Council OKs amended fire services agreement, pauses Marina Beach Park project

The council and Parks Director Angie Feser Tuesday night discuss Marina Beach Park improvements, which had been scheduled to start in 2024.

Although a much-anticipated discussion on a proposed list of 2022 city budget amendments was delayed to a future meeting, the Edmonds City Council covered a range of topics Tuesday night.

For starters, the council unanimously approved — after much discussion — placing on next week’s consent agenda an amended agreement with South County Fire regarding Edmonds’ fire and emergency service imbalance. And it also unanimously agreed to return $1 million in Washington State Recreation and Conservation Office grants and push the pause button on proposed Marina Beach Park renovations, pointing to other more important priorities citywide.

Regarding the fire agreement, the council discussed a recent letter from South County Fire rejecting the city’s proposal to address a service imbalance that the agency identified in mid-2021. At issue is the neighboring unit utilization factor (NUUF), which is included in the city’s contract with South County Fire to provide fire and EMS services. It measures the amount of time that Edmonds units respond to calls for service outside of Edmonds and then compares that to the amount of time that non-Edmonds units respond to calls for service in Edmonds.

Under the contract, balance is achieved when those two amounts of time are within 10% of one another. However, South County Fire data shows that the neighboring cities are responding into Edmonds significantly more often than Edmonds units are responding into neighboring cities like Lynnwood and Mountlake Terrace. For example, the NUUF from Mountlake Terrace into Edmonds is 157% and Lynnwood into Edmonds is 252%. Those numbers would have to be at 110% to be considered in balance, and being out of balance triggers a reopening of the contract and brings the parties back to the bargaining table.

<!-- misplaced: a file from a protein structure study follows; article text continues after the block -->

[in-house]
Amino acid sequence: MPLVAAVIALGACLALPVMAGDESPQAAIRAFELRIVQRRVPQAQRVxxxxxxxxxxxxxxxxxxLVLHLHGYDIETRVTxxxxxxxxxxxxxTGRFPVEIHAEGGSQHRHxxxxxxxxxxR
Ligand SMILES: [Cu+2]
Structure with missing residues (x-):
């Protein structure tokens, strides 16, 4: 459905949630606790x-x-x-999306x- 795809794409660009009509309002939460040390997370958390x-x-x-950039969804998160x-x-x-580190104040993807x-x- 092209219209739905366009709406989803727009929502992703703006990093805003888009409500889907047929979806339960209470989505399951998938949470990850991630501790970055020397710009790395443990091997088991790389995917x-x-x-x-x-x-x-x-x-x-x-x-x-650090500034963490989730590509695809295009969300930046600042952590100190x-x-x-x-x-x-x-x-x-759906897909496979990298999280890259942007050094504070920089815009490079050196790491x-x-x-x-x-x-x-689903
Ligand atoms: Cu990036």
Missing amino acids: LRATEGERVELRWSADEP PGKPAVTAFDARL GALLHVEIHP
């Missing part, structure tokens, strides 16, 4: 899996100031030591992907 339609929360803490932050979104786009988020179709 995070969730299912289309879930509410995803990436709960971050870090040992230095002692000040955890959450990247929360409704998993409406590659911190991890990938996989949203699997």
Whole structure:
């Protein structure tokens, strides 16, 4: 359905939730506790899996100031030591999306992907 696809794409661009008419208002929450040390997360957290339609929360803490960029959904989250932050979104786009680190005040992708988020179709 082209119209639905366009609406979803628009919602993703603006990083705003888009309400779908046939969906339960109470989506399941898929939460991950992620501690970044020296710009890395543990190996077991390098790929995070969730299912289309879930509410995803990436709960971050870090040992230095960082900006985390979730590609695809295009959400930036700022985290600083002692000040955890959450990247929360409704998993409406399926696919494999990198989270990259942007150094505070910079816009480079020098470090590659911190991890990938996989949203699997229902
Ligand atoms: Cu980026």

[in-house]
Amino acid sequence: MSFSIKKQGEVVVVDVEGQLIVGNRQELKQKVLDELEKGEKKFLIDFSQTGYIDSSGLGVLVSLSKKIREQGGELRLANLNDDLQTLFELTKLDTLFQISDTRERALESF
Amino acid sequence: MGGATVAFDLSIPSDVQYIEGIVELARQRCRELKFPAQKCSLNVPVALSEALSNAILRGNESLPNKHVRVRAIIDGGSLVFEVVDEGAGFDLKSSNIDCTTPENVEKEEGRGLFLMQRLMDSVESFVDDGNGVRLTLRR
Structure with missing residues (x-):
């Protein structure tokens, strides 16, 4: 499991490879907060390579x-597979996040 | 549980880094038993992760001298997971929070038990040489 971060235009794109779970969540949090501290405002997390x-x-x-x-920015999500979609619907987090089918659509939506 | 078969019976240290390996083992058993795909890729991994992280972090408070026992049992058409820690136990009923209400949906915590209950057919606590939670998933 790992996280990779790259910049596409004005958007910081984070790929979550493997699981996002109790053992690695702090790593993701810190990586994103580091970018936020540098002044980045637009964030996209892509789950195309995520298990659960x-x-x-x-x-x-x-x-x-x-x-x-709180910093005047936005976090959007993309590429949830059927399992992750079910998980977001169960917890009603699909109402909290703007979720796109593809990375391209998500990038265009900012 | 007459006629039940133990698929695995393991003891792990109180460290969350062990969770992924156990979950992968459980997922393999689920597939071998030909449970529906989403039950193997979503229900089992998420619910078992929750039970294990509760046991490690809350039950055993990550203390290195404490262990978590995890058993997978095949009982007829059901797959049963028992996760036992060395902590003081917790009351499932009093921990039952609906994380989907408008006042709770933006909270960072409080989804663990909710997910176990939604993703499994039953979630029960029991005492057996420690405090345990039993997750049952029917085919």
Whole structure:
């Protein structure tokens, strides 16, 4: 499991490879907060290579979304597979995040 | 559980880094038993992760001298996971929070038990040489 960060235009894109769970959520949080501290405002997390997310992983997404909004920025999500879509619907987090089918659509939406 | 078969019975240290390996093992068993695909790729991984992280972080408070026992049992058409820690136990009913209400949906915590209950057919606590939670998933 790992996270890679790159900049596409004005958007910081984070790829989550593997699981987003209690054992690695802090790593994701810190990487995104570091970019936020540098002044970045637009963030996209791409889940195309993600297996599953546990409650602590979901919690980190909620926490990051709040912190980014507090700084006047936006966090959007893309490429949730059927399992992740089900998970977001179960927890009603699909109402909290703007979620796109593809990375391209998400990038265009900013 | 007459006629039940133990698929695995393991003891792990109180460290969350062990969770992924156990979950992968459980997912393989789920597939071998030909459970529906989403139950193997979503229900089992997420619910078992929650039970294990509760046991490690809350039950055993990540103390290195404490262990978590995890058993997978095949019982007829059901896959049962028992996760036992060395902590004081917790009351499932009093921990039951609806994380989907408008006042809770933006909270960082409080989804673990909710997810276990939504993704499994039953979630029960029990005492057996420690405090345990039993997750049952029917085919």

When the city council learned of this imbalance last fall, it approved plan — outlined in a letter by Mayor Mike Nelson — that proposed the city fund an additional 24-hour, two-person transport unit, starting Jan. 1, 2022 at an annual cost of $1.5 million. The unit was to be considered a temporary measure until South County Fire could negotiate with its union the logistics of converting it to two, two-person peak hour units (PAUs), which the city sees as a long-term solution. (Peak hours are defined as 8 a.m. to 8 p.m.)

South County Fire Chief Thad Hovis

However, in a letter dated Jan. 3, 2022, Fire Chief Thad Hovis replied that the agency couldn’t accept the city’s proposal to transition to the two, two-person peak hour units, stating that South County Fire doesn’t believe the city’s solution “would be adequate” to bring the city back into balance. Hovis also added that the city’s proposal would have to be bargained with its IAFF Local 1828 union, and the outcome of those negotiations “is not guaranteed.”